Is My Palm Tree Dead? 7 Signs That Show Your Palm Tree Is Dead

If you have a palm tree that is looking sick, you might be wondering if it is even still alive.

Some key indicators that your palm tree has not survived include young fronds falling off, leaf discoloration and death, and wilted fronds. If the central area at the top of your palm tree has gone brown, the tree is dead.

Understanding whether a palm tree is still alive or not will help you determine when and if you need to remove and replace a tree. In this article, we’re going to look at the top indicators that your palm tree has not survived.

How Do I Know If My Palm Tree Has Died?

There are quite a few things that will tell you if your palm tree has died. Some of these are clearer than others, so use all of the below indicators to determine whether the tree is still alive:

  • Wilted leaves
  • Leaf discoloration
  • Leaf loss
  • Loss of young fronds
  • Brown crown
  • Major pest invasion
  • Brown inside the palm’s trunk

It can be challenging to tell for sure if a palm tree is dead, even with all of the above indications, but exploring them should give you a good idea of whether your plant has any chance of recovery or not. Let’s examine each sign and what it means.

Sign 1: Wilting

One of the biggest signs that your palm tree has died is that it is wilting. If its fronds are limp and hang toward the ground, rather than standing up in firm sprays, the tree is not well. Wilting does not immediately mean death, however, so it’s important to look a little more closely at the tree’s environment.

Palm Tree

Sometimes, wilted leaves will simply mean that the palm is very thirsty and needs a drink. If you water it, it should perk up again, as the water will be transported into the leaves and restore their structure.

However, if the leaves are badly wilted and the tree has plenty of water available, this is a sign that it is no longer absorbing the water, which means that it is probably dead.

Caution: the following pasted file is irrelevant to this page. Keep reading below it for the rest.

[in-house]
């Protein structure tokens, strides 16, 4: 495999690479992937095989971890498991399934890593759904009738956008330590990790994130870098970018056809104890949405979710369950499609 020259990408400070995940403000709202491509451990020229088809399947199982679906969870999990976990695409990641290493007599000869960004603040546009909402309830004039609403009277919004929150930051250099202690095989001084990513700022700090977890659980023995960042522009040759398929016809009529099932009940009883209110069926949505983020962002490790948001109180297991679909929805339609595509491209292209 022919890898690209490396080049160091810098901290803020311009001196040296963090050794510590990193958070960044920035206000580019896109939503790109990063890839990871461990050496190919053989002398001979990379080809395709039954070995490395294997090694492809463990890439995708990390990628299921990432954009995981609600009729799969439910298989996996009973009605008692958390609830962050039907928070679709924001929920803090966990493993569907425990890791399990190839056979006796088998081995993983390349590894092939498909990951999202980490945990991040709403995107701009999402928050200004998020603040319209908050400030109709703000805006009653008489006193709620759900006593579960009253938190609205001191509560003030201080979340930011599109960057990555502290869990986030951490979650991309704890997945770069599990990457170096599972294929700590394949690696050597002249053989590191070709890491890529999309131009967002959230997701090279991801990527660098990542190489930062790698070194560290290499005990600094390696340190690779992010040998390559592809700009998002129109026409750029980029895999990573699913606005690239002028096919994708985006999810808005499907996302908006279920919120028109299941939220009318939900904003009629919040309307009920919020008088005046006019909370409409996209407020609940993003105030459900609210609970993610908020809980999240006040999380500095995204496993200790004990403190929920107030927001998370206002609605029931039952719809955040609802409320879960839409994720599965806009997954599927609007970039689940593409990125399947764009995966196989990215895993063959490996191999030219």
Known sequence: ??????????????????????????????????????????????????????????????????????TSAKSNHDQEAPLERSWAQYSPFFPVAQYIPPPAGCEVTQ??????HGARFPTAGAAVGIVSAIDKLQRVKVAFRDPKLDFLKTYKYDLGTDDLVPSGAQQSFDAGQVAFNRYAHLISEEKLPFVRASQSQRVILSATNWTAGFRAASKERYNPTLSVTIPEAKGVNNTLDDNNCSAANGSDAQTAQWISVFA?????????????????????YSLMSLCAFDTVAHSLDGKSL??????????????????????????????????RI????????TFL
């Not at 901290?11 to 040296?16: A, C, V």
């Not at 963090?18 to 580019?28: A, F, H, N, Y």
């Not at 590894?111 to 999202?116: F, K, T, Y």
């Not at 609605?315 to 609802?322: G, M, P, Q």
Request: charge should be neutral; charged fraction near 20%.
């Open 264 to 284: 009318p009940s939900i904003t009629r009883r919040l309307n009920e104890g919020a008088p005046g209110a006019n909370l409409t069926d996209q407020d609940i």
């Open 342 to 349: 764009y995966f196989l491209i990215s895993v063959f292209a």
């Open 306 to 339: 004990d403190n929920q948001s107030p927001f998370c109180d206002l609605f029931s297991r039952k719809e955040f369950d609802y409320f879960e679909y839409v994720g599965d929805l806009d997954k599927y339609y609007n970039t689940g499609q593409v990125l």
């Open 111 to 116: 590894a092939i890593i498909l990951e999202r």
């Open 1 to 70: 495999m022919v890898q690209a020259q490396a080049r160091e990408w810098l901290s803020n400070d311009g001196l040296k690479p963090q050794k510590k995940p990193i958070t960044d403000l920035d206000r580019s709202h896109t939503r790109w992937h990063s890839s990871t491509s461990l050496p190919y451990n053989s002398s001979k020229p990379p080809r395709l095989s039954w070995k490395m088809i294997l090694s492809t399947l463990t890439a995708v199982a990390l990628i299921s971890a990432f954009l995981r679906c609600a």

Check the tree’s pot or surrounding soil to be sure one way or the other, but do take unexplained wilting as a sign that your tree may be dead or dying.

Sign 2: Leaf Discoloration

Leaf discoloration is another major clue. Palm leaves should be bright green throughout, right to the tips of the fronds. If the leaves are turning yellow or brown or if they are curling up and drying out at the tips, there is likely something wrong with the plant, and it could be dying.

You should regularly inspect your palm for signs that its leaves are discoloring, as this can give you lots of information about the plant and how healthy it is. Leaf discoloration can be caused by a variety of issues, including things like nutrient imbalances, diseases, stress, and more, but it is commonly a sign that the plant is dying or has died.

In general, yellow leaves indicate that the plant still has some life in it, but that it is sick. Once the leaves have gone brown and crispy, curling up and losing their flexibility, the plant has died and has no sap or chlorophyll remaining in its fronds. You can remove this foliage, but if there is no healthy green foliage to replace it, the palm won’t continue to grow.

Palm with Yellow Leaves

It is normal for a palm tree to suffer from some leaf discoloration at times, as fronds naturally die off. However, this should only be on one or two leaves at a time. More than this is a clear indication that the palm tree is dead or will be dead soon.

Sign 3: Leaf Loss

You may have observed your palm tree dropping its fronds. Again, this will occur naturally for one or two fronds at a time, but if your palm is shedding more, there’s certainly something wrong. You may see most or all of its fronds dropping off, although this will usually take several months, especially for a mature tree.